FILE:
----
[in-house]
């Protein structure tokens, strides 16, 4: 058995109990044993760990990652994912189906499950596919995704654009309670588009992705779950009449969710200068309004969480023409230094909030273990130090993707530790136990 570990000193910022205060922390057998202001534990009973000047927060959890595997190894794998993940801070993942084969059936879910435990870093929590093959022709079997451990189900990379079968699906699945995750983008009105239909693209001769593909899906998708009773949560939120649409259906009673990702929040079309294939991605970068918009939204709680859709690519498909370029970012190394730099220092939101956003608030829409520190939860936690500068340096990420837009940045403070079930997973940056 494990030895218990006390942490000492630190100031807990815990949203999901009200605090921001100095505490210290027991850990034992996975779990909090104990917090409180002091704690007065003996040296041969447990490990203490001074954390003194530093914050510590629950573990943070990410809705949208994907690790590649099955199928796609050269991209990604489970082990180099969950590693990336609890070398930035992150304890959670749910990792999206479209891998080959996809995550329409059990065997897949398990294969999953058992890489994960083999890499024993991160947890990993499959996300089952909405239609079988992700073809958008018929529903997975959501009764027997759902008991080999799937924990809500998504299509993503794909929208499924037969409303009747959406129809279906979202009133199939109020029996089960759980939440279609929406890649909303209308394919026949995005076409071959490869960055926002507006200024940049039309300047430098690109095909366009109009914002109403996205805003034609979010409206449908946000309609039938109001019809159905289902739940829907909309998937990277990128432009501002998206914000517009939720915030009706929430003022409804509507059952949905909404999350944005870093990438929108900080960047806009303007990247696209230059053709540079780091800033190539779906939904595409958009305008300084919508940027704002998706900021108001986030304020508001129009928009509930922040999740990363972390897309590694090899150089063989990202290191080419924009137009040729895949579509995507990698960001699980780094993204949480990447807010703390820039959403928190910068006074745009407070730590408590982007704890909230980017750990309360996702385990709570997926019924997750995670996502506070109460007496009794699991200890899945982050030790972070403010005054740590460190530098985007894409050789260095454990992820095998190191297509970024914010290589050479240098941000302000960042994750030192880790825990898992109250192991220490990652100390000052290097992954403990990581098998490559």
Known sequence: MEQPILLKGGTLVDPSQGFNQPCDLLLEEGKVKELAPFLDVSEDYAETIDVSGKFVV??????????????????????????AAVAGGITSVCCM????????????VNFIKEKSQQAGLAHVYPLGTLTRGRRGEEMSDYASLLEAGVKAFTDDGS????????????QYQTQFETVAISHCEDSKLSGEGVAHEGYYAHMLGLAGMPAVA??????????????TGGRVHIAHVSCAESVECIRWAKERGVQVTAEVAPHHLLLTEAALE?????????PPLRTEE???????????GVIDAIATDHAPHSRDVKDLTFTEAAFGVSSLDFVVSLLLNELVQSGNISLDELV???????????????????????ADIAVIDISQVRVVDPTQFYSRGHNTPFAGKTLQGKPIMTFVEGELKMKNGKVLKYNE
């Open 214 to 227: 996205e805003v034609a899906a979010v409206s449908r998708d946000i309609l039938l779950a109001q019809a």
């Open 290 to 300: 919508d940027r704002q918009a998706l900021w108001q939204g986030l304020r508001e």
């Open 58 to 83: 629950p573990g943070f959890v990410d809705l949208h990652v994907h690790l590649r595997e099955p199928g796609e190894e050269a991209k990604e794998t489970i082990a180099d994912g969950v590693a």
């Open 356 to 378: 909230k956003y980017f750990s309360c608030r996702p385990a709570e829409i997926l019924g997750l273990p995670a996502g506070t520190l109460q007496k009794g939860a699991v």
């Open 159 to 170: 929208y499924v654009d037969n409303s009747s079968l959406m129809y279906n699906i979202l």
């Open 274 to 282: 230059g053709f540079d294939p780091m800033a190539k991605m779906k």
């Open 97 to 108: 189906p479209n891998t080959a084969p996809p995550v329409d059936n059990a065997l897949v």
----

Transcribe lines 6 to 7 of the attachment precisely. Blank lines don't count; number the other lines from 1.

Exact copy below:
């Open 58 to 83: 629950p573990g943070f959890v990410d809705l949208h990652v994907h690790l590649r595997e099955p199928g796609e190894e050269a991209k990604e794998t489970i082990a180099d994912g969950v590693a």
């Open 356 to 378: 909230k956003y980017f750990s309360c608030r996702p385990a709570e829409i997926l019924g997750l273990p995670a996502g506070t520190l109460q007496k009794g939860a699991v």